The ripeCommunity Directory allows food businesses to create a listing for themselves and update food availability in real time, giving consumers a cost-free, one source, way to access accurate information about food options, hours of operations, ordering instructions, and food safety precautions. Community members can also use this platform to understand donation support options, regardless of a business’ operational status.

Food businesses and consumers are encouraged to visit the site to list your food or find food. If you have any questions or feedback, please feel free to contact ripecommunity@ripe.io

ripe.io community

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sheep with two lambs on pasture

Periparturient Egg Rise in Sheep and Goats

Periparturient Egg Rise is a phenomenon all sheep and goat farmers need to be aware of.   The term periparturient means ‘around the time of birthing’.  The phrase ‘periparturient egg rise’ refers to the temporary loss of naturally acquired immunity to internal parasites that results in higher shedding of gastro-intestinal parasite eggs.  This temporary loss of immunity typically starts about 2 weeks prior to and up to 8 weeks after giving birth.

You may wonder how your sheep and goats have intestinal parasites at the end of winter.  Intestinal parasites have evolved many survival strategies.  One is called hypobiosis, which occurs in parasites that are injested the previous fall while your sheep or goats were still feeding on pasture.  The parasite once inside the gut of its host enters a stage of suspended animation where the parasite stops development until the time of lambing when it starts laying eggs in the feces.

When small ruminants are pasture lambed, this increased shedding of parasite eggs is responsible for the start of the rise in parasite populations and is responsible for the early infection of lambs and kids.

Fortunately, there are many ways we can manage this potential problem:

  • Deworm ewes/does that would most benefit from a treatment. These would include thinner animals (BCS of 2), first time pregnant, carrying triplets, or otherwise identified through FAMACHA scoring as being a good candidate.  Use a wormer that is effective against hypobiotic parasite larvae.  Ivomec and Cydectin are most effective while Rumatel is not.  Consider taking a FAMACHA course to get additional training on this technique.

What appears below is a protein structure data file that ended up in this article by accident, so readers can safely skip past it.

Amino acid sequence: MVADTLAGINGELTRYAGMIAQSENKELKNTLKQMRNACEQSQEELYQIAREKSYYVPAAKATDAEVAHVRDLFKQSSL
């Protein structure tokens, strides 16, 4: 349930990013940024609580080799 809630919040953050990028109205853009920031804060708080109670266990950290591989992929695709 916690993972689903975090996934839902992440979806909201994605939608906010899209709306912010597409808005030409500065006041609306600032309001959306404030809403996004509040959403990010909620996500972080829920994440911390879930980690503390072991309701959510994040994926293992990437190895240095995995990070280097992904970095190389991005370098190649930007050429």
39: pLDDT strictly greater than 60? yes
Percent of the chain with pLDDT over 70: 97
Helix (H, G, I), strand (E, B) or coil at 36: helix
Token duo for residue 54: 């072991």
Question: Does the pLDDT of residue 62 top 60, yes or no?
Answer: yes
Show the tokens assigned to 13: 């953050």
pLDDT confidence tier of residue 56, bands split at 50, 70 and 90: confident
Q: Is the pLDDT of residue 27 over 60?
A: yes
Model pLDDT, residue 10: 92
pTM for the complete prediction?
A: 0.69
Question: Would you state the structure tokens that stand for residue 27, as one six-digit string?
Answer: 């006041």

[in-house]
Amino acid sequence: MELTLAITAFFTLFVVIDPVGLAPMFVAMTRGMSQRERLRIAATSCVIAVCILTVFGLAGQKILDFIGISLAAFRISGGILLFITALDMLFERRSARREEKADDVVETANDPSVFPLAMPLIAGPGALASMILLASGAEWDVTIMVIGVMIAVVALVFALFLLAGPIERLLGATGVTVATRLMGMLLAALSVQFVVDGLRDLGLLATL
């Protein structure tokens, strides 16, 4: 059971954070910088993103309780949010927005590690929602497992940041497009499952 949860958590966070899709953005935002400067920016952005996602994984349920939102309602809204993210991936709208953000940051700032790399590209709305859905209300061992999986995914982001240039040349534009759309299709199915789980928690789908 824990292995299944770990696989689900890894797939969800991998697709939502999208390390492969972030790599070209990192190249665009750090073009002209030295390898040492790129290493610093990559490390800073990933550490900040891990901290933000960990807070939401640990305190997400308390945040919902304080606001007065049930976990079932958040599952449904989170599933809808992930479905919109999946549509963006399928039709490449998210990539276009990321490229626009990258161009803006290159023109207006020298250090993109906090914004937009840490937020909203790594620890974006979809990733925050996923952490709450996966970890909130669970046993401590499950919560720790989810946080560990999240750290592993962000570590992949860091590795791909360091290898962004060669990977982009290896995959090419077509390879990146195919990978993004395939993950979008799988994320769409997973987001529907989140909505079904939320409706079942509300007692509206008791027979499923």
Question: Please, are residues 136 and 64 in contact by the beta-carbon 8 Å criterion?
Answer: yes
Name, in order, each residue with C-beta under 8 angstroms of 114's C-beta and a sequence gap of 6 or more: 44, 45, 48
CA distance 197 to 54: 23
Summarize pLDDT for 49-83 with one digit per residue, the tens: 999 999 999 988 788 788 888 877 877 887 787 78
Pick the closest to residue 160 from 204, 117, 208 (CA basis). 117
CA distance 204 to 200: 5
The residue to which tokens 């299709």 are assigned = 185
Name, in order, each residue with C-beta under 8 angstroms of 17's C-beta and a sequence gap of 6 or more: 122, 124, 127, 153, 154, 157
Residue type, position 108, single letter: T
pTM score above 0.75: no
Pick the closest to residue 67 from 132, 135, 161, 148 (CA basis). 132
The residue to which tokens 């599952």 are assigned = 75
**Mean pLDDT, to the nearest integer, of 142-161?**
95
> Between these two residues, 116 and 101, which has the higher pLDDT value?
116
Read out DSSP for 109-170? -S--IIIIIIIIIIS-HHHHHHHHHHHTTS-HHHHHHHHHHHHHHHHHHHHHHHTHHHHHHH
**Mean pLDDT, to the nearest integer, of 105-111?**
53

• Increase protein in late gestation. Feeds rich in by-pass protein are especially advantageous.
  • Lamb indoors and/or prior to spring. The eggs are being passed into bedding and not onto pasture where they hatch and re-infect the sheep.
  • Select for parasite resistance over time. Some sheep and goats are just naturally more resistant to parasite infection.  This is the best long term solution.
  • There is a product called BioWorma which can be fed during the periparturient egg rise period. BioWorma is a feed supplement that contains a naturally occurring fungus that captures and consumes infective worm larvae within the manure once excreted.  However, it is expensive.
  • Practice Evasive Grazing for the first 90 days of your pasture season. Make sure you rotate your animals to fresh clean pasture at least every four days to prevent re-infection.  This is because in warm weather, it only takes 4 days for eggs in the manure to hatch and reach the infective larval stage.  And then don’t come back to the pasture for at least 75 to 90 days.  Most of the parasite larvae shed in the manure on that first grazing will have hatched and died within that time frame.

If you would like help in developing a parasite plan for your farm, contact Rich Toebe, rrt43@cornell.edu